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Figure 1. Iron handling in macrophages. Macrophages take up, metabolize, store, and export iron. Classically activated macrophages sequester iron by taking up transferrin (Tf) bound iron via the Tf-receptor (TfR) or accumulating ferrous iron (Fe2+) via zinc transporters ZIP8 and ZIP14. Iron export via ferroportin (FPN) is impaired by binding of hepcidin (HAMP), thus causing iron storage in ferritin. In alternatively activated macrophages, the uptake of hemopexin-heme (Hpx-heme) by CD91 or haptoglobin-hemoglobin by CD163 into endosomes as well as phagocytosis of senescent erythrocytes into erythrophagosomes results in the release of heme via the heme transporter HRG1 to the cytosol. The subsequent activation of heme oxygenase-1 (HO-1) further degrades heme into iron, CO, and biliverdin, which is further processed to bilirubin. Fe2+ is exported from alternatively activated macrophages through FPN and oxidized to ferric iron (Fe3+) iron by ceruloplasmin (CP), which is essential for efficient binding to Tf. Secretion of ferritin-bound iron represents an alternative route of iron export.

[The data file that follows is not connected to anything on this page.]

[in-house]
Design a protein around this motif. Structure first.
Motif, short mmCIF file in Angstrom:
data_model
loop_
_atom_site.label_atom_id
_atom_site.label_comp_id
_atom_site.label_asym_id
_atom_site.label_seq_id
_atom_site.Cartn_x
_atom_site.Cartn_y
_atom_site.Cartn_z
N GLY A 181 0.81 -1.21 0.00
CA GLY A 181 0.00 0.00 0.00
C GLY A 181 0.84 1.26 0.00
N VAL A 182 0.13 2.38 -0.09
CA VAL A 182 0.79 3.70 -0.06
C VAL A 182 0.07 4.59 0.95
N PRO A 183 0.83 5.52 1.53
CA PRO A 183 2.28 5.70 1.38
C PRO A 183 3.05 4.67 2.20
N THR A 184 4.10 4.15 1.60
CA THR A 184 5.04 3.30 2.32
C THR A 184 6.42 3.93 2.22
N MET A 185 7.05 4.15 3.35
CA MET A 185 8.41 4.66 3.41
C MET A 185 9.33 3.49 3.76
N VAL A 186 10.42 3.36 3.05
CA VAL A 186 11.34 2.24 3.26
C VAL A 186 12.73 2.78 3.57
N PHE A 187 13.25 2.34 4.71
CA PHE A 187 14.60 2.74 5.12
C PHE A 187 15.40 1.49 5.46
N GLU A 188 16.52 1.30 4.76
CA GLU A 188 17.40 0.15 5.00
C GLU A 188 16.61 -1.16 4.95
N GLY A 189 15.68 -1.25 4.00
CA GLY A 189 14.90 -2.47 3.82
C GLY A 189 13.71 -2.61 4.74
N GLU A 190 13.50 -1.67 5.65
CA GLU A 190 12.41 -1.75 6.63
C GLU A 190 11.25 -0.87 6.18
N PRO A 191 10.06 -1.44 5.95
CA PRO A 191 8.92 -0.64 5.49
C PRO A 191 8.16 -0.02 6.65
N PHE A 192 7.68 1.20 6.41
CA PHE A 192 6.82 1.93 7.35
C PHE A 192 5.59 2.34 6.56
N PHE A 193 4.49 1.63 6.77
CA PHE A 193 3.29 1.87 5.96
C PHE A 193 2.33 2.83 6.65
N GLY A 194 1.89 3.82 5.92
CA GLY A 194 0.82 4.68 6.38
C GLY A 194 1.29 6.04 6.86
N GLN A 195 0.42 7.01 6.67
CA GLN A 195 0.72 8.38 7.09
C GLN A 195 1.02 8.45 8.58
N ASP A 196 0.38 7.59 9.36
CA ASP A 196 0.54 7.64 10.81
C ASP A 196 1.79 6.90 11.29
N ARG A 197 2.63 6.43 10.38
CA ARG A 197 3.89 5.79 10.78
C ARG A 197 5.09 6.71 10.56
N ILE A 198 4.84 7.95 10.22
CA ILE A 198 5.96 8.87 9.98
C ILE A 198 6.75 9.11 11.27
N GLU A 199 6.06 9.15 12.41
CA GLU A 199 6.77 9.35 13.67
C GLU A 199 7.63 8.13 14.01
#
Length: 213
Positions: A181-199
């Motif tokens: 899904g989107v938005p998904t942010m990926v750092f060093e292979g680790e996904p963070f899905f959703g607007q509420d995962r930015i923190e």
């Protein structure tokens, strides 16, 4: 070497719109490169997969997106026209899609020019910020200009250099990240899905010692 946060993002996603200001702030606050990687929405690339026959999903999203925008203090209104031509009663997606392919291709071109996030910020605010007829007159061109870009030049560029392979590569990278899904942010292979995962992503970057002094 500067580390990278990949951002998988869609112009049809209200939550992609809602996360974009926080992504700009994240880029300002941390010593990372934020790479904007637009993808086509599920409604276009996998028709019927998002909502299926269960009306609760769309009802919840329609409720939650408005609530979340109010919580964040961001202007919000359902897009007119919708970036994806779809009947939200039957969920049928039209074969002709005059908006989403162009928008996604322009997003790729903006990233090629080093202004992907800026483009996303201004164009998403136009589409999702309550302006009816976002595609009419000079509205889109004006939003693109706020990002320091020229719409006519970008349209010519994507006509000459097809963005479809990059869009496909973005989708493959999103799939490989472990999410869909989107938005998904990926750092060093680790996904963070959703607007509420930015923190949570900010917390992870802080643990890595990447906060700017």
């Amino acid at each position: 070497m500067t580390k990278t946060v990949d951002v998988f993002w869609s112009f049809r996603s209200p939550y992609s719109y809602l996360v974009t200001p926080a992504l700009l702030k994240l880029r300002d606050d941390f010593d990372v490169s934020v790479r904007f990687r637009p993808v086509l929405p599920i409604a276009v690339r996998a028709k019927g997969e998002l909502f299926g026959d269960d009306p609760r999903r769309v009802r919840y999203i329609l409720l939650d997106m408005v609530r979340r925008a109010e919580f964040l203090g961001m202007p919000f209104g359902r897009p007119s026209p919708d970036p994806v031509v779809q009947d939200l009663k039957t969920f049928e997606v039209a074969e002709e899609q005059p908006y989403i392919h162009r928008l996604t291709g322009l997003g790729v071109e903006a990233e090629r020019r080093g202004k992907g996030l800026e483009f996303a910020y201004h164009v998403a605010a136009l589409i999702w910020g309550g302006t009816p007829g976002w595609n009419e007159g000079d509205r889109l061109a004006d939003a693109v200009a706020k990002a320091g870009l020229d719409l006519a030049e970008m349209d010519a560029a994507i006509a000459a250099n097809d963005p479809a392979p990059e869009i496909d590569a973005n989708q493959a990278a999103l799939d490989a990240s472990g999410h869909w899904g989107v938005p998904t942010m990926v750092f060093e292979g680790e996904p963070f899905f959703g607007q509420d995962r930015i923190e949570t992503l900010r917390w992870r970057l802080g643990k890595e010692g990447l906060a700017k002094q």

Overall, iron metabolism is tightly regulated by a network of proteins to guarantee iron homeostasis with specific macrophage subsets in key positions to fulfill their role in iron recycling by erythrophagocytosis and iron release to sustain erythropoiesis.

Macrophage Subsets and Iron Handling